Uhh, wow! Hi! I thought I was done with this story, but it seems it wasn't done with me. LaLadyCavalier has been asking me for at least a year to rewrite the bridge scene (chapter 5) from Erik's point of view, and as today is her birthday and she's been my No. 1 cheerleader since I first started publishing, I owe her big time.
And in case you missed it, I published an M-rated version of chapter 33 ("Daylight") last year. It's called The Phantom and the Fawn, and you can find it here: s/12410460/1/The-Phantom-and-the-Fawn
He recognized her by her hair.
They should not have been so familiar to him, those tawny locks, nor the pale dip in her neck, the sloping curve of her hips. Especially not at such a distance. He should not have felt that strange pang of want when she first appeared in his sight, lifting her mourning veil to peer over the iron rail of the Pont des Arts. But then, she had haunted his thoughts for six weeks now. The memory of how warm her palm had been, upon the return of his ring, still lingered on his fingertips. It had terrified him to the point of avoidance: he had caved to obsession once, and he could not do it again.
Completely devoid of respect or feeling, she had deemed him. A madman.
He had been toying with her since the masked ball: that much was true. She had been an easy target from the moment he first saw her, doe-eyed and tight-lipped and skittish, standing alone among the crowd of revelers.
But that was not why he had first noticed her.
Among the bright and brazen harlequins and dominoes, she had materialized as a goddess of starlight. Her gown, inky blue and ethereal, suited her so well that it might as well have been her usual attire. He had noticed her because she, too, was a creature of the night. Now here they were again, in the darkness, wraiths drifting among men.
The thought gave Erik pause. What had he called her? A fawn? She was supposed to be young and bright-eyed and rosy-cheeked, embroidering and painting as her lashes fluttered coquettishly at eligible bachelors, or whatever it was that young ladies did.
But then, he had dismissed such things as mundane, had he not?
He had shamed her. Threatened her where she sat with her family at the Opera. Turned up in her bedroom just after she had lost her sister. That had been six weeks ago, yet she somehow seemed worse for the wear, moving about with a leaden melancholy to suggest it was an effort just to exist.
Unease curled around his midsection and clenched, leaving him with the most awful premonition. His legs spurred him forward even before his thoughts caught up with his gut—even before she mounted the guardrail that overlooked the Seine. But he had not yet closed the distance between them when she clambered up there, and his heart seemed to stop altogether.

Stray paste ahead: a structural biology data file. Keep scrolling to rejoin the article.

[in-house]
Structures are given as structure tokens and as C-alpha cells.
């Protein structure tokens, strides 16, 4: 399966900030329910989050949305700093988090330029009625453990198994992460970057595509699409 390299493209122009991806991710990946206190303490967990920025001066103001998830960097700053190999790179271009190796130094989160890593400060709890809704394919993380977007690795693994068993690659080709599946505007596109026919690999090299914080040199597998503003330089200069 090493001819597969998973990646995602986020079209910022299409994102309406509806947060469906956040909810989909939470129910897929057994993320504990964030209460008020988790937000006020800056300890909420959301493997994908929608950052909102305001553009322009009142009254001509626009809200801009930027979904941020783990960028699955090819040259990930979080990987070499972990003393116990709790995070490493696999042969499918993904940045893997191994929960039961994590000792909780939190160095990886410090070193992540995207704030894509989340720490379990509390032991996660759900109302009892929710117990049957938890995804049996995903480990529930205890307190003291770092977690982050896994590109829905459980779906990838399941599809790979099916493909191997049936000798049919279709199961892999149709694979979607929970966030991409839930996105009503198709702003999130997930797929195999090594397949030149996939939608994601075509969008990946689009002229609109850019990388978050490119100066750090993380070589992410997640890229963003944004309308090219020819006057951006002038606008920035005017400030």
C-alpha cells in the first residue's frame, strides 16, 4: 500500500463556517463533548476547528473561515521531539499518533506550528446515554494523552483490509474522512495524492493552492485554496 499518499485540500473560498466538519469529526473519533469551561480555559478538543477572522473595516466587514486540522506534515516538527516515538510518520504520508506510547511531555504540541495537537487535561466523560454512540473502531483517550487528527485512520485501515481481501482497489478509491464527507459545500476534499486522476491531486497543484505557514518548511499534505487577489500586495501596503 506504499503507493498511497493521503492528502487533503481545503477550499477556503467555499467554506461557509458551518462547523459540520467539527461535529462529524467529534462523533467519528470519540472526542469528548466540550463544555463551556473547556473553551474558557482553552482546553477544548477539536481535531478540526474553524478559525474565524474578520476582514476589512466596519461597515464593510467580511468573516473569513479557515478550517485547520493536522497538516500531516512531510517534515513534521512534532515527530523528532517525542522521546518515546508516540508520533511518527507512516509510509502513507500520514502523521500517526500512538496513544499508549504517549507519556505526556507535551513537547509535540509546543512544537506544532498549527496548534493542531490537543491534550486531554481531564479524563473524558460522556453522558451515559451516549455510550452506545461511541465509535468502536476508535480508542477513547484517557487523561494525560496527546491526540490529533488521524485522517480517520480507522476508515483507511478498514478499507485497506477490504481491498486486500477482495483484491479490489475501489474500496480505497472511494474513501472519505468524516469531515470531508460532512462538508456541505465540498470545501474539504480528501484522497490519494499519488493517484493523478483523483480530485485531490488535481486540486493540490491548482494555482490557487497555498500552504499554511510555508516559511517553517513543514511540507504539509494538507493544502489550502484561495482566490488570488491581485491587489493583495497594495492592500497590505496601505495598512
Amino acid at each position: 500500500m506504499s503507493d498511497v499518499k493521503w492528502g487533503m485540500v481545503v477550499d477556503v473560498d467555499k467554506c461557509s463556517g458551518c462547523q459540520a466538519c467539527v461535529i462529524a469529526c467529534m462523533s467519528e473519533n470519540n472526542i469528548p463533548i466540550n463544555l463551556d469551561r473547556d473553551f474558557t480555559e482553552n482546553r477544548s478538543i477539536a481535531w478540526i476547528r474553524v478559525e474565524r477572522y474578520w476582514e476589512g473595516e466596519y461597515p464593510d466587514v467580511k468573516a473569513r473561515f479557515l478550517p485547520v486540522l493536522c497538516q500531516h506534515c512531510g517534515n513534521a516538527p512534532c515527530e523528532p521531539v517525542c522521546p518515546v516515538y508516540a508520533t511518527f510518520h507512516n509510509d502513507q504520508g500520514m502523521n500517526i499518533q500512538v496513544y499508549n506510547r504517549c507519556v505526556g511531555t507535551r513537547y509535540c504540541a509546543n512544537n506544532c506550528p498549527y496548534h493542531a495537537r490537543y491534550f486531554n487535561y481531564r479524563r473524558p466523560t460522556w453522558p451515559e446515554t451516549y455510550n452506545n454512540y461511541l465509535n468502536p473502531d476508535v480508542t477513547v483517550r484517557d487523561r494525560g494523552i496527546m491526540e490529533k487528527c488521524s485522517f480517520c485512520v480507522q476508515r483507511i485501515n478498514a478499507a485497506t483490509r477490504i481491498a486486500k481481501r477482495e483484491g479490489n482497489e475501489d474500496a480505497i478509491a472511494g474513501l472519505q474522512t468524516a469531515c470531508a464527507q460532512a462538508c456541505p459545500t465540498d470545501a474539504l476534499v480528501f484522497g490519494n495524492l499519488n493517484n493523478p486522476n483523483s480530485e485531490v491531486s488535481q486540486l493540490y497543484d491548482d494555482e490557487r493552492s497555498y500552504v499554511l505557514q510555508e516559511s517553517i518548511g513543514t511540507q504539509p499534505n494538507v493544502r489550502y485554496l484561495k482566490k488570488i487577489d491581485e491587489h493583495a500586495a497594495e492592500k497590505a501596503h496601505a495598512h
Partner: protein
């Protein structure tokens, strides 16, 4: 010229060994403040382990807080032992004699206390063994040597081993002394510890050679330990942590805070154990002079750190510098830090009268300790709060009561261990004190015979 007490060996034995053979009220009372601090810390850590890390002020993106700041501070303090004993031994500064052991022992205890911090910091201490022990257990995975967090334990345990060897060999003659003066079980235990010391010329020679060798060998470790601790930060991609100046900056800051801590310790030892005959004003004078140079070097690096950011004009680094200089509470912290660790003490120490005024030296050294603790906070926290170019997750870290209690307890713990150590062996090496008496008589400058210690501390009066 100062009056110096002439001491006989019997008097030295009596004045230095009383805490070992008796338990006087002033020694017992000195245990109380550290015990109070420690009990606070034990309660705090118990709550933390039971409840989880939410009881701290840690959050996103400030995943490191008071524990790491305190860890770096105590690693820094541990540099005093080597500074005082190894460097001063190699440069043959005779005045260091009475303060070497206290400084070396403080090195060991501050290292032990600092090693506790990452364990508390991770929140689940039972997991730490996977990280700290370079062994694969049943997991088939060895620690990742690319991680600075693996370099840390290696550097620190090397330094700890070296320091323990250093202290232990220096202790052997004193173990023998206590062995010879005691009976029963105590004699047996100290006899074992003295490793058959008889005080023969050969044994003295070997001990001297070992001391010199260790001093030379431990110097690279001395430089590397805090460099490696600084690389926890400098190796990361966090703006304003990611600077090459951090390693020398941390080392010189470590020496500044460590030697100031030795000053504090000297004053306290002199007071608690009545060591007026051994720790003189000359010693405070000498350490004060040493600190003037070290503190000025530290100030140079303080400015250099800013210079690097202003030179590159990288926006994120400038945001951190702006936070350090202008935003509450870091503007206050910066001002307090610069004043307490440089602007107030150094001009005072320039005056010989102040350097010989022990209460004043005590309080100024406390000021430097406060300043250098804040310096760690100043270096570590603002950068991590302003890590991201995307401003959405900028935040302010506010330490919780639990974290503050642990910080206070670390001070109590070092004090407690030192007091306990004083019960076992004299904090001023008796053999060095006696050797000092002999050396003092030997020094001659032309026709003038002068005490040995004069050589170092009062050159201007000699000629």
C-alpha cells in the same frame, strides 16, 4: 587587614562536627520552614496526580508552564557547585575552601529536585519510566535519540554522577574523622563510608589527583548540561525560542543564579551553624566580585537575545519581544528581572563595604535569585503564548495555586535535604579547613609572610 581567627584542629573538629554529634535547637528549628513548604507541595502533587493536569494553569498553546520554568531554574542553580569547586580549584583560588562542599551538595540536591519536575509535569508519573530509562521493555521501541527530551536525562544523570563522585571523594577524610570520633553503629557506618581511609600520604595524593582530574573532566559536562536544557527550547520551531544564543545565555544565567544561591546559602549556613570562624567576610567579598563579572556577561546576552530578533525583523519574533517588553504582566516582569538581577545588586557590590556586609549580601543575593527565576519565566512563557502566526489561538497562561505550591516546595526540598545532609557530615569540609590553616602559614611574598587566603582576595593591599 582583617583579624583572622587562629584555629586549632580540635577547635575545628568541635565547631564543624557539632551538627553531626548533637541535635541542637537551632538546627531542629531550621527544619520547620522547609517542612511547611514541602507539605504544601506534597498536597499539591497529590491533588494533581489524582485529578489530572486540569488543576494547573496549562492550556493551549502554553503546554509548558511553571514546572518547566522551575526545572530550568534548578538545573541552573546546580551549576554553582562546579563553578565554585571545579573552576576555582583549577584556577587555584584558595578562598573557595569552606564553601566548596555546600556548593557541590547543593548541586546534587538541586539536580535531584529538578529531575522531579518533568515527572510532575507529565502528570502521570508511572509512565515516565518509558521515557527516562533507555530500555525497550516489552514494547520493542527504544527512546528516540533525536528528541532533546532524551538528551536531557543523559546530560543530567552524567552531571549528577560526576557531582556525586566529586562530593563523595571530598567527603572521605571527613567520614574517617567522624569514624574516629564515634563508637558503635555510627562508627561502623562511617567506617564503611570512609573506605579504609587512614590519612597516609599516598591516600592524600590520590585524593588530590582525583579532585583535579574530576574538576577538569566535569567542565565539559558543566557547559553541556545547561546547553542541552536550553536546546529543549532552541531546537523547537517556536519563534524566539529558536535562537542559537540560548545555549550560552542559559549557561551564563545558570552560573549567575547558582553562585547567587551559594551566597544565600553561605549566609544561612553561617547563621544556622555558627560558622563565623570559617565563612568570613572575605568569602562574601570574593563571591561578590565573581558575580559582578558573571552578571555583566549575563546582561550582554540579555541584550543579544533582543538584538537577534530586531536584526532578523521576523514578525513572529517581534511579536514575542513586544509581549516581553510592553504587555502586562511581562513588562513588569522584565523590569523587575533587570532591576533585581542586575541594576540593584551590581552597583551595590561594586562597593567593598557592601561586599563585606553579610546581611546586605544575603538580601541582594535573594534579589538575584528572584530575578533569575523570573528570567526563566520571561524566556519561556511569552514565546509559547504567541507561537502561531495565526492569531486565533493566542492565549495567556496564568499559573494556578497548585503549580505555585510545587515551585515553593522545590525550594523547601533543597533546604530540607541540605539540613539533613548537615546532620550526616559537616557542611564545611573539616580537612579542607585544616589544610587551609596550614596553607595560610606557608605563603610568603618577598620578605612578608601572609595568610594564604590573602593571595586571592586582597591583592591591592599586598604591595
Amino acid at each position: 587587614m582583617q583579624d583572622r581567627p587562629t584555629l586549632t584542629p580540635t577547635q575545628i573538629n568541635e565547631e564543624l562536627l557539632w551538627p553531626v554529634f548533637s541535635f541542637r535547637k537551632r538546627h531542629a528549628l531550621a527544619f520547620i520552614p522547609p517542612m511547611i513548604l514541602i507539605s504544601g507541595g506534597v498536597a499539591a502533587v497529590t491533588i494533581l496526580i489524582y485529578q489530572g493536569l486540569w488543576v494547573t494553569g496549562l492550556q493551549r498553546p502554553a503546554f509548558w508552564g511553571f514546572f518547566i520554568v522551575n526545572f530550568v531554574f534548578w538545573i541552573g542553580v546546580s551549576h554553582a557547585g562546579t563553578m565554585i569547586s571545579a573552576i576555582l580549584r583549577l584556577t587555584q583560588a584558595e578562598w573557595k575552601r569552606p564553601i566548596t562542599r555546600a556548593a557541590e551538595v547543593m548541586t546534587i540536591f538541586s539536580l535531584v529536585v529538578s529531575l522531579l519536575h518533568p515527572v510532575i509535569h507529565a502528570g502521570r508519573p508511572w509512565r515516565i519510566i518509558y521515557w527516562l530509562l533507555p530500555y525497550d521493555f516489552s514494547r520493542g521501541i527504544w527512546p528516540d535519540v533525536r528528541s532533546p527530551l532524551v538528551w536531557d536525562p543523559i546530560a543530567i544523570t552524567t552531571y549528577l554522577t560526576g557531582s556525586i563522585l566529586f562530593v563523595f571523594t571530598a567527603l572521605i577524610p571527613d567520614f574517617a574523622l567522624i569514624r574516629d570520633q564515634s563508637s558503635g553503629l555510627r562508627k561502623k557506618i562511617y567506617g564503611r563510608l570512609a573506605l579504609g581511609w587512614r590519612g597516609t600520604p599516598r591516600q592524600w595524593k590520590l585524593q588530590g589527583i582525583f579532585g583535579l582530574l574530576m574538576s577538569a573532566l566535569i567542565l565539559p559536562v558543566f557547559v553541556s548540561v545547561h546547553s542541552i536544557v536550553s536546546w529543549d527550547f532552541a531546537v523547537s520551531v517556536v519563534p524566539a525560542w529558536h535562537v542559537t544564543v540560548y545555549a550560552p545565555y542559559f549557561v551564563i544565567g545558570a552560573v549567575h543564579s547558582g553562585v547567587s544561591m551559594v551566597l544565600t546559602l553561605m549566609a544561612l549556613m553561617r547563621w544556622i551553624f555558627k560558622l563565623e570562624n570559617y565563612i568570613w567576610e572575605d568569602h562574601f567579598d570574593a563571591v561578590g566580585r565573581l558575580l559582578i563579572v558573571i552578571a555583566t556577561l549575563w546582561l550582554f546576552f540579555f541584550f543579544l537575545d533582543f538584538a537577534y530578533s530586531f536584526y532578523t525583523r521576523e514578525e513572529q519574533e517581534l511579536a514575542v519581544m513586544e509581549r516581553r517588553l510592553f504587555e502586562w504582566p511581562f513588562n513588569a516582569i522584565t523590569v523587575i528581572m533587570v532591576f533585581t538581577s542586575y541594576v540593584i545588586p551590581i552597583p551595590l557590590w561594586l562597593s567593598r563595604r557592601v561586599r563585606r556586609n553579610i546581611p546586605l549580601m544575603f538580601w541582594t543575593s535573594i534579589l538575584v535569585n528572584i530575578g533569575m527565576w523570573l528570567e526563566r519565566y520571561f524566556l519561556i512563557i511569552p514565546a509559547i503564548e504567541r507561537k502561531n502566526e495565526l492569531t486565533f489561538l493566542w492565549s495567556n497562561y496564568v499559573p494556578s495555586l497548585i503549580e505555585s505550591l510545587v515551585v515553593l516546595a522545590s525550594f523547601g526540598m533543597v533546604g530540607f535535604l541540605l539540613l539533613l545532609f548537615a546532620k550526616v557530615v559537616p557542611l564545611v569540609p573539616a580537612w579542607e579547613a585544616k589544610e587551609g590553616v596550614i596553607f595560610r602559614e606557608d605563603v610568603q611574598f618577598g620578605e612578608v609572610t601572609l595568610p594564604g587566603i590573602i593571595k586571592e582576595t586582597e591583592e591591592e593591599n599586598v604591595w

She sat on the railing with her arm around a lamppost for support, and he slowed his gait to refrain from startling her. The rigid line of her spine slackened, her side pressing into the lamppost as though settling in.
She was not committed to this act. He had time to intervene.
There was no way not to catch her offguard, and so he reached out with steadying hands as he spoke. "We meet again, little fawn."
She jumped. The movement made her slide on the rail, and she threw her arms around the lamppost for balance. By then, however, he had a firm hold on her sides, his long fingers curling into the muscle and bone there.
"I'm alright, thank you," she said between shaky breaths. Not once did she turn her head to look at him. He released his grip and moved to stand beside her, an arm's length away. He could not shake the image of black silk sliding across metal, sending her delicate frame tumbling into the Seine. He trained his gaze on the river so as not to alarm her further, but he watched her in his periphery with near-painful alertness.
"How curious," she said, "that you should turn up in this very location, in such a large city, at such strange hours."
He almost had to smile at the veiled accusation. He supposed he could not blame her for thinking such things. Or was this a halfhearted attempt at banter? "I could say the same of you, mademoiselle," he replied, with a glance to gauge her reaction. She stayed silent, lips drawn, gaze trained on the anxious glimmer of water in the lamplight.